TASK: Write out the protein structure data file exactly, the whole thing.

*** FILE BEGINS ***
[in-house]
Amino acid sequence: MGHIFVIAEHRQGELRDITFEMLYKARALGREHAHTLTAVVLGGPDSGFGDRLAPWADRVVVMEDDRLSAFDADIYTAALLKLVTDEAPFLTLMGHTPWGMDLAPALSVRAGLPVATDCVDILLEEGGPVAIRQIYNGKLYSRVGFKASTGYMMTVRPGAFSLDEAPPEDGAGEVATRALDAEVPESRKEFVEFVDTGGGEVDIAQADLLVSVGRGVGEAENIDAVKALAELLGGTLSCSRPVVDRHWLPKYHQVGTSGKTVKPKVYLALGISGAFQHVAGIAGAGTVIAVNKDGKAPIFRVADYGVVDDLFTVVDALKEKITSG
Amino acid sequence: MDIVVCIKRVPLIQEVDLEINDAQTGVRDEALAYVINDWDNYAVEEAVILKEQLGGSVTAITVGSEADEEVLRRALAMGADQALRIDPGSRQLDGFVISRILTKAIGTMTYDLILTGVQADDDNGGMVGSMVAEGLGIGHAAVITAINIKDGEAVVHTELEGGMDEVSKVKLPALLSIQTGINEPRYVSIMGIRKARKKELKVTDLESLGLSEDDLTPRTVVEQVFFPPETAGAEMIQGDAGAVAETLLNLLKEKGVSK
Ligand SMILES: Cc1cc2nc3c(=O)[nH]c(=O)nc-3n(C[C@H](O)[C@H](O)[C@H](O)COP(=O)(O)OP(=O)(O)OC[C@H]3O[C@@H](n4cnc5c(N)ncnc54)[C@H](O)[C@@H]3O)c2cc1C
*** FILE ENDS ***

[in-house]
Amino acid sequence: MGHIFVIAEHRQGELRDITFEMLYKARALGREHAHTLTAVVLGGPDSGFGDRLAPWADRVVVMEDDRLSAFDADIYTAALLKLVTDEAPFLTLMGHTPWGMDLAPALSVRAGLPVATDCVDILLEEGGPVAIRQIYNGKLYSRVGFKASTGYMMTVRPGAFSLDEAPPEDGAGEVATRALDAEVPESRKEFVEFVDTGGGEVDIAQADLLVSVGRGVGEAENIDAVKALAELLGGTLSCSRPVVDRHWLPKYHQVGTSGKTVKPKVYLALGISGAFQHVAGIAGAGTVIAVNKDGKAPIFRVADYGVVDDLFTVVDALKEKITSG
Amino acid sequence: MDIVVCIKRVPLIQEVDLEINDAQTGVRDEALAYVINDWDNYAVEEAVILKEQLGGSVTAITVGSEADEEVLRRALAMGADQALRIDPGSRQLDGFVISRILTKAIGTMTYDLILTGVQADDDNGGMVGSMVAEGLGIGHAAVITAINIKDGEAVVHTELEGGMDEVSKVKLPALLSIQTGINEPRYVSIMGIRKARKKELKVTDLESLGLSEDDLTPRTVVEQVFFPPETAGAEMIQGDAGAVAETLLNLLKEKGVSK
Ligand SMILES: Cc1cc2nc3c(=O)[nH]c(=O)nc-3n(C[C@H](O)[C@H](O)[C@H](O)COP(=O)(O)OP(=O)(O)OC[C@H]3O[C@@H](n4cnc5c(N)ncnc54)[C@H](O)[C@@H]3O)c2cc1C